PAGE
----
Do ugly benches now forecast a sad future for Southpoint Park?

Do ugly benches now forecast a sad future for Southpoint Park?

Ugly benches were not what Jim Bates had in mind when he made a simple request… If RIOC had to redesign Southpoint, he asked for seating comfortable for visitors with physical limitations.

By David Stone

The Roosevelt Island Daily News

President of the Roosevelt Island Disabled Association, Jim Bates was as busy as he was dapper, driving his electric scooter around town. When asked about adding his wisdom and insight to a committee forming to evaluate Southpoint, he agreed.

Formed for assuring a community based plan, the committee worked alongside a professional team with a goal of enacting local preferences.

He passed away a couple of years later, but the Fitzgerald & Halliday redesign plan carried his mark.

Strangely, though, just eighteen months after RIOC’s board of enablers approved the FHI plan, they blew it away in favor of a much more expensive and contrary plan.

The when and why of that is unknown, but we’ll have more on it later.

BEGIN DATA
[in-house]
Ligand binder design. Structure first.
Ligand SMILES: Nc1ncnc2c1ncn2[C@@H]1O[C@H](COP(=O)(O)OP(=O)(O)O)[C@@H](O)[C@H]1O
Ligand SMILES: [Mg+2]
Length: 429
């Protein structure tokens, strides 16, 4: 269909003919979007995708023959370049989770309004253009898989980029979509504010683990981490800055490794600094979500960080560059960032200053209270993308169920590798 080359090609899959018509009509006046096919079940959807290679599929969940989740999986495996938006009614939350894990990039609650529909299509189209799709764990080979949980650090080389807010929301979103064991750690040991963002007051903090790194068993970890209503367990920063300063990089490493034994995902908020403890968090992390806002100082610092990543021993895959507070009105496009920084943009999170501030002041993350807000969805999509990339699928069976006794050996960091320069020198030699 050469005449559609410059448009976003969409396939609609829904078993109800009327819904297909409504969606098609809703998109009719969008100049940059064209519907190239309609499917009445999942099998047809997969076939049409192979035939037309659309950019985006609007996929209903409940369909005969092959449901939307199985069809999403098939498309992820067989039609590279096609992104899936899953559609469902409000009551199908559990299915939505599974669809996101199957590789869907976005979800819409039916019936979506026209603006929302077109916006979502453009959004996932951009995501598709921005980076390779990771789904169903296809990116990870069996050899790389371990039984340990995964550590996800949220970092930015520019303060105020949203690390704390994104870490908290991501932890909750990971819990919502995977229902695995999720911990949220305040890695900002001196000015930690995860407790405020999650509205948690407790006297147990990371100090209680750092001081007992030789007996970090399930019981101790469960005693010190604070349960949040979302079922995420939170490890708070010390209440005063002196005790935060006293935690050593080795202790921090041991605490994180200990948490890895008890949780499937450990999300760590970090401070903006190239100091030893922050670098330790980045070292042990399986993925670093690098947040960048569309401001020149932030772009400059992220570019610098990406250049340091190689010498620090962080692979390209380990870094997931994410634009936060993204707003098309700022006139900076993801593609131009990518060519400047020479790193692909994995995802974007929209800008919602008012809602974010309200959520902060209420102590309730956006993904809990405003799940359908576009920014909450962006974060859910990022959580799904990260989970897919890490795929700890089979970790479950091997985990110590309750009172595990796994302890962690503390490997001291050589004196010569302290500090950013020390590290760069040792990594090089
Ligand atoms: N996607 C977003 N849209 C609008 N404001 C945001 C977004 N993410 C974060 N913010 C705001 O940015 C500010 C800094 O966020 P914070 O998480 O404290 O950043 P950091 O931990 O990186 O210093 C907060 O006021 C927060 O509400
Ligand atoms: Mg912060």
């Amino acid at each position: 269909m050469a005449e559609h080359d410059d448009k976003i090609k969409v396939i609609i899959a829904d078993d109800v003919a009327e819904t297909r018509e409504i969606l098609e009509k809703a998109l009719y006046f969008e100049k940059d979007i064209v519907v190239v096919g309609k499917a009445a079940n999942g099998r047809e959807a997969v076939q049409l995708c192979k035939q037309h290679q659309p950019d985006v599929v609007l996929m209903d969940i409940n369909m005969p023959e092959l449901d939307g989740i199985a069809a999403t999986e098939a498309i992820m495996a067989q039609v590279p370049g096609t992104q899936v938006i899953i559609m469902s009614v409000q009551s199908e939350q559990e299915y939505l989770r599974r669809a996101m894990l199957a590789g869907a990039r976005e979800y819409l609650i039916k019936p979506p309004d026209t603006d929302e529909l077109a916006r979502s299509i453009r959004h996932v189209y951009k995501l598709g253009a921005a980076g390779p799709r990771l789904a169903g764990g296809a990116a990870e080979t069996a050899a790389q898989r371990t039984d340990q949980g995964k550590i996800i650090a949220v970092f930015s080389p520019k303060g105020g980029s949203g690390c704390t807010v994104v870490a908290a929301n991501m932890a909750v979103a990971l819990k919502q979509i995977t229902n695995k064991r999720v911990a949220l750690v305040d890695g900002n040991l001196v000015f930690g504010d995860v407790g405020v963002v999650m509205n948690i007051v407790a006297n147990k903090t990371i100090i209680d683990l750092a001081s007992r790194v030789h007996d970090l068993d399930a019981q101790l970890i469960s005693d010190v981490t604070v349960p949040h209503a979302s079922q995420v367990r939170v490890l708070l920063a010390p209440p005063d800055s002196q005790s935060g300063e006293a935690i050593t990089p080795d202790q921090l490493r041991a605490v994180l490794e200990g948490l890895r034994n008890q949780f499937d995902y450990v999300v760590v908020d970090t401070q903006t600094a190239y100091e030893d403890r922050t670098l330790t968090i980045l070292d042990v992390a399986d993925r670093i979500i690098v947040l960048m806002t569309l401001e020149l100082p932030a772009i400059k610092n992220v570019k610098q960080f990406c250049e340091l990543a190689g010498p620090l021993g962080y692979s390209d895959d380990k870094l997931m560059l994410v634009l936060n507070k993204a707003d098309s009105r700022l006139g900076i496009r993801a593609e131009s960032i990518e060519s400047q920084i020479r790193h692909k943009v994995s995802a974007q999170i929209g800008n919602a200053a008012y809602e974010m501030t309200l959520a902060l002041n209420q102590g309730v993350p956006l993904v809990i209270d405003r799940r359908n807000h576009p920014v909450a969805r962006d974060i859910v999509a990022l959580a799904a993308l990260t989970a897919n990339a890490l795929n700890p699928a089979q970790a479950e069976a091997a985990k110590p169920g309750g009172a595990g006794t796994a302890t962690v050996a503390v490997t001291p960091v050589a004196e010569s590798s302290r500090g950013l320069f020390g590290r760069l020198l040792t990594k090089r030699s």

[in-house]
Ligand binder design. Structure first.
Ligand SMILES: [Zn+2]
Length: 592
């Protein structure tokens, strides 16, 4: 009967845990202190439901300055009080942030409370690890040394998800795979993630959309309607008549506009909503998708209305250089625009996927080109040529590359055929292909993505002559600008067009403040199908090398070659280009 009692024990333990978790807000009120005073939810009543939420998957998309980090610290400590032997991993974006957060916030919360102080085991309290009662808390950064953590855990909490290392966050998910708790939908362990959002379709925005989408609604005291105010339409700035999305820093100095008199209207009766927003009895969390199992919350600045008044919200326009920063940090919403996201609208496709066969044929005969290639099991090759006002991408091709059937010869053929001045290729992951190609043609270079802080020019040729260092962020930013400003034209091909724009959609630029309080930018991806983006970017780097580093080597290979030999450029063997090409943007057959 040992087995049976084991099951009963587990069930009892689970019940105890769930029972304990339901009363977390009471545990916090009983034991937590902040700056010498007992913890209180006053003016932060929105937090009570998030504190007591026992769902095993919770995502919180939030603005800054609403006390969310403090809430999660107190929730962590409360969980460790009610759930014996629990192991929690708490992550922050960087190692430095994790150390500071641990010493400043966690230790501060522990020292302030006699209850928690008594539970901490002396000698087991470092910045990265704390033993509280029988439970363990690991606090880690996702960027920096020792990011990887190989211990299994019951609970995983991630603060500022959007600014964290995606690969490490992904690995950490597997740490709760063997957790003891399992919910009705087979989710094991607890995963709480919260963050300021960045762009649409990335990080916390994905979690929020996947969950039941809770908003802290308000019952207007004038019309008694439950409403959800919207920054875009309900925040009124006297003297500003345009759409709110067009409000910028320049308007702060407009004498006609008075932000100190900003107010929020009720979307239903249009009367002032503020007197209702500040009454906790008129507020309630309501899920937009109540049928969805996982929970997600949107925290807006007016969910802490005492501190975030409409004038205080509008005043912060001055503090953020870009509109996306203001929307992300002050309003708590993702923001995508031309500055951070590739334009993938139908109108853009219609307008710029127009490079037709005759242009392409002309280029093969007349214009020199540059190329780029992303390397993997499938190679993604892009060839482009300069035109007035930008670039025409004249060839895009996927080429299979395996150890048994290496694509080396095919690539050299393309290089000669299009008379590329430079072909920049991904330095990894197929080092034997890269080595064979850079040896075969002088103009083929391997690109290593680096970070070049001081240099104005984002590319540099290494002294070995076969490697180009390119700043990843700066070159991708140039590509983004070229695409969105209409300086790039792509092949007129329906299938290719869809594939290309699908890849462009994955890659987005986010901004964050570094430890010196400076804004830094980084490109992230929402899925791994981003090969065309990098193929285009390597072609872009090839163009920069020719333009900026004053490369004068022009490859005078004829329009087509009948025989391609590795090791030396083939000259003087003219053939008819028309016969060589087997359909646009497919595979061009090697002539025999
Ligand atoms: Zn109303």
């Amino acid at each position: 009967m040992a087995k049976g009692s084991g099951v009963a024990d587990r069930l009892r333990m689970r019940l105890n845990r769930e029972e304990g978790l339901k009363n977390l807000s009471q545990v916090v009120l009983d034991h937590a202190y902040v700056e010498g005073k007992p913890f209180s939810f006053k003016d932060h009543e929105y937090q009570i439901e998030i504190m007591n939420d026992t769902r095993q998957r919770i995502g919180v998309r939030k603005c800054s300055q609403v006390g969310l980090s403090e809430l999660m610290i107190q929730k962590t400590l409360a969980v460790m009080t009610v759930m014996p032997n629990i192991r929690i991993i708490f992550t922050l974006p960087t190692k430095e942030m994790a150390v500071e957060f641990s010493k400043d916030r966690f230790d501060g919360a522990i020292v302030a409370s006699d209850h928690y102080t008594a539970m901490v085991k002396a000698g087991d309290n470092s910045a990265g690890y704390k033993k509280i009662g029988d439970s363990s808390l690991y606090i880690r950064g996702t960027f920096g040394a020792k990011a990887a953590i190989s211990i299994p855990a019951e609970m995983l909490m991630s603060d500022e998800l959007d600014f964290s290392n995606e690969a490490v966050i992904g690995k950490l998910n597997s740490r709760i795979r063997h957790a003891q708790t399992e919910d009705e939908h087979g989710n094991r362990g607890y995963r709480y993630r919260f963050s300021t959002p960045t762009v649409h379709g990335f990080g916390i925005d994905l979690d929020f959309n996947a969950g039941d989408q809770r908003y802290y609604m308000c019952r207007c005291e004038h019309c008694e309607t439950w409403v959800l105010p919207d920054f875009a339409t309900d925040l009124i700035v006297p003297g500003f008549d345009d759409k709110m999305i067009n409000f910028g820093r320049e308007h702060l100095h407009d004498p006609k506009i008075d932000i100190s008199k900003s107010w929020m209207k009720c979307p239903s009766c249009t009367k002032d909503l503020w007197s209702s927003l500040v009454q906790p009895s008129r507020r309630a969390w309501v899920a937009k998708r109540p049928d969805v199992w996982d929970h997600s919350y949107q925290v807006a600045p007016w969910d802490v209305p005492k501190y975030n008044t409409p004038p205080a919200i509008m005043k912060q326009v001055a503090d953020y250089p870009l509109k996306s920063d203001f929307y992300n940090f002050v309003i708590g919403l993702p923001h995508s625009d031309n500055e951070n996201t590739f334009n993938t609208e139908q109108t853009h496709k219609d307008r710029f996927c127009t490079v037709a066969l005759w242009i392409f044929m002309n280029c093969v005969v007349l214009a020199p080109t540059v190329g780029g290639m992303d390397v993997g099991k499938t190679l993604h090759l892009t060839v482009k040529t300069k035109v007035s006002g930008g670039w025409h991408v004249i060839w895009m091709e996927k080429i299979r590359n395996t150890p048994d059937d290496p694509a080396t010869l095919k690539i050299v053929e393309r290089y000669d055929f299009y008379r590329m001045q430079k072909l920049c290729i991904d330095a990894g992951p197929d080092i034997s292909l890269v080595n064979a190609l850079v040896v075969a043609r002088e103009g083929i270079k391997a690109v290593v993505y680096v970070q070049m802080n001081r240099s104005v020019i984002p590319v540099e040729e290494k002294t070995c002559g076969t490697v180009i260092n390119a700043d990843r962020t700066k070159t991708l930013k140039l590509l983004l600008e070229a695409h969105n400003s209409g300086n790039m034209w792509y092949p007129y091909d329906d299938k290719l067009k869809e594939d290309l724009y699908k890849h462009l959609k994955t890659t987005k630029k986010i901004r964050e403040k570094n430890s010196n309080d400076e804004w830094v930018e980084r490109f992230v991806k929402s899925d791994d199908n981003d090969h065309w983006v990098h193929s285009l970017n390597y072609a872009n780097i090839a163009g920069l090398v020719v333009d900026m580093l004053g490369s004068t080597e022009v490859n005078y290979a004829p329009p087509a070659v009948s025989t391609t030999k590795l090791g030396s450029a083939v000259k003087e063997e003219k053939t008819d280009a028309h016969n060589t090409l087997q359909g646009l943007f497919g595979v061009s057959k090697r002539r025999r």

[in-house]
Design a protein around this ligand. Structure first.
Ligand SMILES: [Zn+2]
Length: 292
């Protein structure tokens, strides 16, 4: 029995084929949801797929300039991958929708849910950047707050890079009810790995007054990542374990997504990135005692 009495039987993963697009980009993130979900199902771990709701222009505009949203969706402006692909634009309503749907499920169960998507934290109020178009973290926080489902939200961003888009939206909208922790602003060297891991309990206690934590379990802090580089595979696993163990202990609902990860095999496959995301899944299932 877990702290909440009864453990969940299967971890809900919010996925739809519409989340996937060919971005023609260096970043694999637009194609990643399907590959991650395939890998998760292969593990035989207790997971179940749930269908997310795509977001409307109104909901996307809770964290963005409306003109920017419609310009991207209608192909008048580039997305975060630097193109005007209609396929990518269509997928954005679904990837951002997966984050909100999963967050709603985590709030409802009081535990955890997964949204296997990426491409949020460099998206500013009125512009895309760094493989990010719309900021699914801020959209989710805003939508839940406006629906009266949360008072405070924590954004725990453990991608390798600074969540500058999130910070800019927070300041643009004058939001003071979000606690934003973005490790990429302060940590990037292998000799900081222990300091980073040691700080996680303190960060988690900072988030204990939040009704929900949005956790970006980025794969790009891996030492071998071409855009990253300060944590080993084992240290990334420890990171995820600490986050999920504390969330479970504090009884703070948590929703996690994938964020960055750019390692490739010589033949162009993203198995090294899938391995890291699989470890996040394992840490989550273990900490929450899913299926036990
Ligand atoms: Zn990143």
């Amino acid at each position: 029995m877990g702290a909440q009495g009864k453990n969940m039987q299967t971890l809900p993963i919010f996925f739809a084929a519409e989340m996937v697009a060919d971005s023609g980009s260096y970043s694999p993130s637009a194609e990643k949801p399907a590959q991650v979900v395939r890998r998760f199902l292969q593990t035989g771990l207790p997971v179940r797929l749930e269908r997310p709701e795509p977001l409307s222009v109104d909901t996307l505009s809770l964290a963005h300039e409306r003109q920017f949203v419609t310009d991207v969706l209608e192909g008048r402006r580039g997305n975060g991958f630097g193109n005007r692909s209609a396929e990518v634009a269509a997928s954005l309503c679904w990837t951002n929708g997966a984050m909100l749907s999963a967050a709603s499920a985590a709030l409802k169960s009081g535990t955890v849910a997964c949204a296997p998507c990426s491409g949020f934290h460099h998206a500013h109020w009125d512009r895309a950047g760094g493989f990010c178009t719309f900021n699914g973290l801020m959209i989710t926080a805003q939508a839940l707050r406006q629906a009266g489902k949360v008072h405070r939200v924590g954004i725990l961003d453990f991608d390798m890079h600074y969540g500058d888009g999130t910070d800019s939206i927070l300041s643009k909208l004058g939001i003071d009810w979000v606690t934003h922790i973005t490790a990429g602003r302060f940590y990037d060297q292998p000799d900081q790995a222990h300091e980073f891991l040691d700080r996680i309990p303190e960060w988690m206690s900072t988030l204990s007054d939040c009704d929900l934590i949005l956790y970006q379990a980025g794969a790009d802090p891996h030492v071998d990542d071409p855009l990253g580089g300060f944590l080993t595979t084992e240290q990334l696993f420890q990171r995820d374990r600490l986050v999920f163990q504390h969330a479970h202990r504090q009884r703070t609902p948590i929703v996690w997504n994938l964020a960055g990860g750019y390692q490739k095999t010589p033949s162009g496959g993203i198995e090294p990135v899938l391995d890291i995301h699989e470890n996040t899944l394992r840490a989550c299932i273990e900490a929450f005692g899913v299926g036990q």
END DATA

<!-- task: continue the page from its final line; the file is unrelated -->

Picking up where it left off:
But for now, about the ugly benches…

Here’s what Jim Bates didn’t like…

Not only are the park’s current benches uncomfortable for many, absent arms or rails, they are difficult for others needing aid while sitting or rising. Jim Bates wanted that changed.

Instead, we got…

“Ugly benches” may not be an adequate description.

By what twisted judgment does anyone think paying for inadequate crap like this is an improvement?

When I was a kid in woodshop class, Mr. DiSapio taught us how to make domestic objects out of wood. As a teenager, I sawed, sanded, polished and wired a table lamp inspired by a water pump.

Although my dad kept it in service for the rest of his life, I could always see where my clumsy figures failed at matching the art of the idea.

But one thing I know now, my woodwork was better than what’s being forced on us in Southpoint.

And one more thing pisses me off. My dad was physically disabled by polio and lived most of his life before the idea of barrier free designs emerged.

My dad could not use the junk being bolted down in Southpoint.

And I can imagine my casual friend Jim Bates rolling his eyes.

A long bench might as well have a sign: Disabled Keep Out

But here’s the worst of it — they ain’t done yet, and the rest of the park is shaping up as ugly as these benches.

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